Celebrating St. Patrick’s Day in America
I expected to be celebrating St. Patrick’s Day this year in warmer temperatures. Keeping in mind I live in the Pacific Northwest, I didn’t have my bar set too high, however waking to a snowy morn on the 13th of March wasn’t quite what I had envisioned. So looking up hearty Irish recipes from the Emerald Isle was a warm beginning to my chilly Tuesday.
Like many Irish Americans, I feel a deep sense of cohesiveness on the festive day of the Wearing of the Green. The Irish began marching in New York City while fighting with the British in the U.S. Revolutionary War, to reconnect with their Irish roots. Other parades in years and decades after were held in Boston, Philadelphia, Chicago and now are spread throughout the entire United States creating bonds of solidarity in Irish communities.
It’s ironic then isn’t it that St. Patrick wasn’t even an Irishman. Factual information about his life and times are vague, although it is known he was born in Britain around A.D. 390 into a Romano-British family, with both his father and grandfather Deacons in a Christian Church. He was kidnapped at the age of 16 by Irish raiders, sent overseas to tend sheep in the chilly mountainous countryside of Ireland where he remained for seven years. Folklore suggests he had dreams and heard voices that told him to escape his captivity, which he then did, found passage on a ship and returned home to Britain.
Patrick was ordained as a Priest and guided by voices, he returned to Ireland and spent the remainder of his years traveling the isle and converting the Irish to Christianity. His life was not an easy one, he was beaten by thugs, harassed by Irish royalty and admonished by British superiors. There are many myths surrounding the Priest who would eventually become a Saint. On any given day 5.5 million pints of Guinness are consumed around the world and on the anniversary of his death over 13 million pints are raised in his honor.
Let’s begin with my favorite toast as we raise a glass ~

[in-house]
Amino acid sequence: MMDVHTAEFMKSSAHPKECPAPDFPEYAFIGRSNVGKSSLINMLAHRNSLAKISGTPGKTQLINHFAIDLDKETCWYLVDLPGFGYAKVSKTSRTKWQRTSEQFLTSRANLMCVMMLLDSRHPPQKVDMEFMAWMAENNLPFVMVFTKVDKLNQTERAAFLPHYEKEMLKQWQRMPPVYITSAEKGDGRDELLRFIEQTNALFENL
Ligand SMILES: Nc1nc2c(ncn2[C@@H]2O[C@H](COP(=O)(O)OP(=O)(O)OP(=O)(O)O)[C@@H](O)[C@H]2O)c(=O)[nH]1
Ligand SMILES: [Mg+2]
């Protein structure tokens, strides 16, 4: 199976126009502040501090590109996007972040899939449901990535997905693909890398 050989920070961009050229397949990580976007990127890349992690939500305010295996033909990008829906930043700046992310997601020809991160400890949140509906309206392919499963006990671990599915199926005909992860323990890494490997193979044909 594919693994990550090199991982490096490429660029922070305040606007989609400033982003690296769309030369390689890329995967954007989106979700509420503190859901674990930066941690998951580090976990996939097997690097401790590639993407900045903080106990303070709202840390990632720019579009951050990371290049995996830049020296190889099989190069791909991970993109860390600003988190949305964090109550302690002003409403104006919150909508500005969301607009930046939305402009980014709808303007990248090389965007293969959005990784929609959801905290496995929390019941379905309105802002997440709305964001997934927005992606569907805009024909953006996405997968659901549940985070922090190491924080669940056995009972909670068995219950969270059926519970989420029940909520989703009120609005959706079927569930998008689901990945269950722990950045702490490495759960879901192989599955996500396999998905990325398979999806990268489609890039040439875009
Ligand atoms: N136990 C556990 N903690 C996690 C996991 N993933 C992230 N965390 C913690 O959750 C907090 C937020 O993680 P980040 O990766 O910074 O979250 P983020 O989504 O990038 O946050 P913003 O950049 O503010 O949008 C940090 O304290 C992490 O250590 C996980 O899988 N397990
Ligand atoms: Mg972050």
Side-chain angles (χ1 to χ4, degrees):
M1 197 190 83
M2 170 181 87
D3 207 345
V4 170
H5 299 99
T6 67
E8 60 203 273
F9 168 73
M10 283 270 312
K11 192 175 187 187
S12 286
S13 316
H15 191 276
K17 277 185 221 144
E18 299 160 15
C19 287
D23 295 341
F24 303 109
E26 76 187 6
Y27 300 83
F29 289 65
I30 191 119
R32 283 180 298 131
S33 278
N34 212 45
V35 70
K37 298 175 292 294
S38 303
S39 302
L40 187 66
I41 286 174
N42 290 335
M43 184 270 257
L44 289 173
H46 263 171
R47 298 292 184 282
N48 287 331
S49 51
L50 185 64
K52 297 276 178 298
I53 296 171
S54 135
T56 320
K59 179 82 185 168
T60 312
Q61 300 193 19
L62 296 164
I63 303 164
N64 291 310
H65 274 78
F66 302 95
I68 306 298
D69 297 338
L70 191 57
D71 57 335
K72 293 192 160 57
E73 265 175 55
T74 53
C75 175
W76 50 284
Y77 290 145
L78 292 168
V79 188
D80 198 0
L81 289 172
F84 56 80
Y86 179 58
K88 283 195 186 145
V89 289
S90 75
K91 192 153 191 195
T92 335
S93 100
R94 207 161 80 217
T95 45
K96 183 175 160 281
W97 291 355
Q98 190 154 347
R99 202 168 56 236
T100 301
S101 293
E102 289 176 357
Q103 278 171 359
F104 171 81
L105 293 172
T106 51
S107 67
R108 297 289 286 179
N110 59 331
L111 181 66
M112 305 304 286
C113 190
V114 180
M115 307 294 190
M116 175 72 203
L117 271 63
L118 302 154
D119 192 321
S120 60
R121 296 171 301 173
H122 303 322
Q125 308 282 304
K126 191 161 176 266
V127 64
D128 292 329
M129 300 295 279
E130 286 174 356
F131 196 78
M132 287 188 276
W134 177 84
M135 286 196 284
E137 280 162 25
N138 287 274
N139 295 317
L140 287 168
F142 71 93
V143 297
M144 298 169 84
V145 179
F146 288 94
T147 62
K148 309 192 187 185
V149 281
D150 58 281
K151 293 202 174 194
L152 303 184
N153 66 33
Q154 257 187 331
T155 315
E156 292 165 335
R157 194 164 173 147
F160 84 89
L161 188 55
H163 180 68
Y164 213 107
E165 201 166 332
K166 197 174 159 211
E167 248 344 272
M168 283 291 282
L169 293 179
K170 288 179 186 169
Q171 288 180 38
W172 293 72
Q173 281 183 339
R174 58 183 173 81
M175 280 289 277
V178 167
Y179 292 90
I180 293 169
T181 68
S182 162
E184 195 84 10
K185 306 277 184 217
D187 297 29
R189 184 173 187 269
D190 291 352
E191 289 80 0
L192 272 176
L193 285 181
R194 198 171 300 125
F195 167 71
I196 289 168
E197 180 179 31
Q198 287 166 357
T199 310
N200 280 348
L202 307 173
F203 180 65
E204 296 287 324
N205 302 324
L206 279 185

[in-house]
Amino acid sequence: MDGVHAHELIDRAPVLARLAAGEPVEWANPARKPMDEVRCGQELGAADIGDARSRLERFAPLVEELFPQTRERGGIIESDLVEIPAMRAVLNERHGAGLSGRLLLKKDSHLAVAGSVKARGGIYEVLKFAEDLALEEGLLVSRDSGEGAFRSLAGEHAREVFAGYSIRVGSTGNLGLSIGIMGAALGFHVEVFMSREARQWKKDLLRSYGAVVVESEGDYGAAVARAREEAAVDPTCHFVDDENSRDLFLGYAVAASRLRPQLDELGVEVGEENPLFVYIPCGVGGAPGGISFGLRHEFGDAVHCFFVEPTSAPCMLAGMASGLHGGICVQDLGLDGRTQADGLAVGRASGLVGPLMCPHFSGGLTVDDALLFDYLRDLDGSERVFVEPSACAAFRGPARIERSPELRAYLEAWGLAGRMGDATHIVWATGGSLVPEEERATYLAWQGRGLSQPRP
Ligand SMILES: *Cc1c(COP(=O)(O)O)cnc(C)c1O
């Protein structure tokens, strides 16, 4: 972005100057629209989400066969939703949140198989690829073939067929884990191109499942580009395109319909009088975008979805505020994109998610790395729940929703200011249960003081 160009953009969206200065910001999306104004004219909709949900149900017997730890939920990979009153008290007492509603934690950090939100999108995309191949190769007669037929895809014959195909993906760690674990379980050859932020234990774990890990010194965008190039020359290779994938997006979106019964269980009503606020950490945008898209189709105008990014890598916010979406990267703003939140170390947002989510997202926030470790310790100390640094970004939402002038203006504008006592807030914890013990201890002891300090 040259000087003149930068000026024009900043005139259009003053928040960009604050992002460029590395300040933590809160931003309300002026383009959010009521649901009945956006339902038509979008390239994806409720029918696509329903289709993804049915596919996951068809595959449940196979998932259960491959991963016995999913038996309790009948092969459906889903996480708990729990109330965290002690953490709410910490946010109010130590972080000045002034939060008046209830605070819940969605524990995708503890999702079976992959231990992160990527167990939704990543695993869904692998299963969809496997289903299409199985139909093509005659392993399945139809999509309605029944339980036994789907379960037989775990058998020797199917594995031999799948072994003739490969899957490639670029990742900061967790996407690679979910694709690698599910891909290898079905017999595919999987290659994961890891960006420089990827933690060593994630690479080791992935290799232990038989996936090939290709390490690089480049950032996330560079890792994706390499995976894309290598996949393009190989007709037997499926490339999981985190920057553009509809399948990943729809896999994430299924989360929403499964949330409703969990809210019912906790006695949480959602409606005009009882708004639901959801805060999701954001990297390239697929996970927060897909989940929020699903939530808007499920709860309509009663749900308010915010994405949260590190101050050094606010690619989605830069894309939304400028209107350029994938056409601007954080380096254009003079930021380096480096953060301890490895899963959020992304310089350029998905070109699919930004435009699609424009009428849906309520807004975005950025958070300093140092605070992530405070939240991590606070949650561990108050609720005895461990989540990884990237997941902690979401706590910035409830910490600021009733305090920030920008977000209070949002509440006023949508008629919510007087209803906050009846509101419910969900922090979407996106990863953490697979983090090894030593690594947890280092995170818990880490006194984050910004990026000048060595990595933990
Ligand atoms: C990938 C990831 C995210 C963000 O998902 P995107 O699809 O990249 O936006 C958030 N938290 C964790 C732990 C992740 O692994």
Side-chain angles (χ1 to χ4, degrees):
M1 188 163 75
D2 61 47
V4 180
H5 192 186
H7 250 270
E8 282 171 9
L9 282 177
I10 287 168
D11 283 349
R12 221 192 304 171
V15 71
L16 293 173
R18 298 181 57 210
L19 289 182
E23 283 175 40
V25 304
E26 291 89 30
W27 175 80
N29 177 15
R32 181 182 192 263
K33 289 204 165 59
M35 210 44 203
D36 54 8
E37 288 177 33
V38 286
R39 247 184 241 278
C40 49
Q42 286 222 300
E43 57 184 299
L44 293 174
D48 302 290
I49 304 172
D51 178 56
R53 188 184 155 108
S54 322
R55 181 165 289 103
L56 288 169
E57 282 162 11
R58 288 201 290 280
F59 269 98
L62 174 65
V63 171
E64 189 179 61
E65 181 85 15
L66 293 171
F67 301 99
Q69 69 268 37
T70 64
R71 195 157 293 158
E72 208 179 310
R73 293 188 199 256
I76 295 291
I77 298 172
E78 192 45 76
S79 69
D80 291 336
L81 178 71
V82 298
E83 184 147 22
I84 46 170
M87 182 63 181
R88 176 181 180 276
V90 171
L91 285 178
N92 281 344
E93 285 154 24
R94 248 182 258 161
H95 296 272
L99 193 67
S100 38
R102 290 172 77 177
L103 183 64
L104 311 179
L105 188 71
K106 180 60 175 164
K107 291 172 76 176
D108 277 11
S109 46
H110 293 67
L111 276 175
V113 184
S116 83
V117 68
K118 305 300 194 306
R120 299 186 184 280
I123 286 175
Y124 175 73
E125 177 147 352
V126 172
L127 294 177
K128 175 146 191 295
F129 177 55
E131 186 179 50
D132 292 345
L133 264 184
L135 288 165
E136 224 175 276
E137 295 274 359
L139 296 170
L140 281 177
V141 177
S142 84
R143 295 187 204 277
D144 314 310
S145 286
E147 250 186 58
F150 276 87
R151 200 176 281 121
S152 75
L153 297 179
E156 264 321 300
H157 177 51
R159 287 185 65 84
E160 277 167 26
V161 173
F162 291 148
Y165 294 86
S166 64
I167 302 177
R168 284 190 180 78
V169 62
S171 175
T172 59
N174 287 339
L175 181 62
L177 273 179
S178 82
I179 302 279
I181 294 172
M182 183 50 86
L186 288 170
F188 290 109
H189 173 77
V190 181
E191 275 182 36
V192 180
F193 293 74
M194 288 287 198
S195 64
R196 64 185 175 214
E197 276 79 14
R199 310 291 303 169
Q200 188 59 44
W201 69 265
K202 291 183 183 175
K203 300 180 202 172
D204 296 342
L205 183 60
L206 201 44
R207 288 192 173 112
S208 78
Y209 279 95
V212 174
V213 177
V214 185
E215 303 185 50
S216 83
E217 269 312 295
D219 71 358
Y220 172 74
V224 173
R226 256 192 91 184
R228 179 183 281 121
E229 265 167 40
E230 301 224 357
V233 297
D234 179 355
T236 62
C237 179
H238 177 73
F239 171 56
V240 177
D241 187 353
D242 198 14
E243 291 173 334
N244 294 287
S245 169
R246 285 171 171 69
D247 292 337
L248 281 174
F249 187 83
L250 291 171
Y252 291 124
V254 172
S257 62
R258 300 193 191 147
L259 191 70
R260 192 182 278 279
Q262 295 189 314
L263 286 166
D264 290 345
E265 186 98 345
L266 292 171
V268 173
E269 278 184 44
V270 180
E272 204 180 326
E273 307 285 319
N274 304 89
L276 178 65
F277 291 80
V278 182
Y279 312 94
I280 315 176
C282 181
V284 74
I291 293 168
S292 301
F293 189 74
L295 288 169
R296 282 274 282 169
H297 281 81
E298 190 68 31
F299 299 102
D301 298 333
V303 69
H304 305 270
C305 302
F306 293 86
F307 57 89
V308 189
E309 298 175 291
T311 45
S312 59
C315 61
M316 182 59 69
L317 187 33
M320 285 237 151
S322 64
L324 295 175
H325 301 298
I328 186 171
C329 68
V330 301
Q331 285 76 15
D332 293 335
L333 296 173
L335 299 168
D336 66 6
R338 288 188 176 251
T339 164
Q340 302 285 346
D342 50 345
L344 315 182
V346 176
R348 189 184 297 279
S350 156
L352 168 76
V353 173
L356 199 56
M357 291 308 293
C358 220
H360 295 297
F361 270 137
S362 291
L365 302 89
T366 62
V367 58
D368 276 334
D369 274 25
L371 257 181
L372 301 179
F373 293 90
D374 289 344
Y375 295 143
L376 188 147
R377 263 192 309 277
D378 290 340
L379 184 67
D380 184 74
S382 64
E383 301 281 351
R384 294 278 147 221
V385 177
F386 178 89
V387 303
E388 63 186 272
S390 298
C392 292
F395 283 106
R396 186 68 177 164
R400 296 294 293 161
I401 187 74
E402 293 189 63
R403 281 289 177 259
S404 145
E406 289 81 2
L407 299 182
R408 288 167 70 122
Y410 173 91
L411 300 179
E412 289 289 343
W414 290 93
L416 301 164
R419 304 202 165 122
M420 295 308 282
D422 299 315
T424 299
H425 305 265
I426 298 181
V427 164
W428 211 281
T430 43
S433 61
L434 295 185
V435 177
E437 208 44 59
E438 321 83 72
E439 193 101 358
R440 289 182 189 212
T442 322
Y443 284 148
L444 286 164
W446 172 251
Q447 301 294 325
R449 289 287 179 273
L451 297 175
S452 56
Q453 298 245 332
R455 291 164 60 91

May you be half an hour in Heaven, Before the Devil knows you’re dead.
This recipe serves 4 and the ingredient list is a simple one.
- 1 cup heavy cream
- 1/4 cup sugar
- 3 cups strong hot coffee
- 4 ounces Irish Whiskey
Directions: Whisk cream and sugar together in a medium bowl until stiff peaks form. Divide coffee and whiskey among 4 coffee cups, then top each with 1/2 cup whipped cream. Serve immediately.
Then came the most difficult portion of the recipe search. I wanted something traditional, hearty and delicious and didn’t need to look far.
Irish Lamb Stew ~ this gorgeous, satisfying recipe is from MarthaStewart.com. When you go in, browse around on the site for more tantalizing cuisine.
- 1/2 cup all-purpose flour
- Course salt and ground pepper
- 3 pounds boneless lamb stew (preferably shoulder), trimmed o excess fat and cut into 2-inch cubes
- 3 tablespoons canola oil
- 1 large onion, chopped
- 3/4 teaspoon dried thyme
- 1 1/2 cups dark beer
- 1 1/2 pounds medium new potatoes, peeled and quartered
- 1 pound carrots, peeled and cut 1/2 inch thick diagonally
- 3 tablespoons chopped fresh parsley
- In a large bowl, season flour with salt and pepper. Dredge lamb in flour mixture, shaking off excess. In a Dutch oven, heat oil over medium heat. Working in batches, brown lamb on all sides, about 5 minutes per batch. Transfer to a plate.
- Pour 1/4 cup water into pot, scraping up browned bits from bottom with a wooden spoon. Add onion; cook, stirring occasionally, until water has evaporated and onion is beginning to soften, about 5 minutes. Return lamb to pot; stir in thyme, beer and 1 1/2 cups water. Cover; simmer until lamb is tender. 1 to 1 1/2 hours.
- Add potatoes, carrots and 1/2 cup water. Cook, covered, until vegetables are tender and stew has thickened, about 20 minutes. Season with salt and pepper. Let cool completely before storing. Stir in parsley just before serving.
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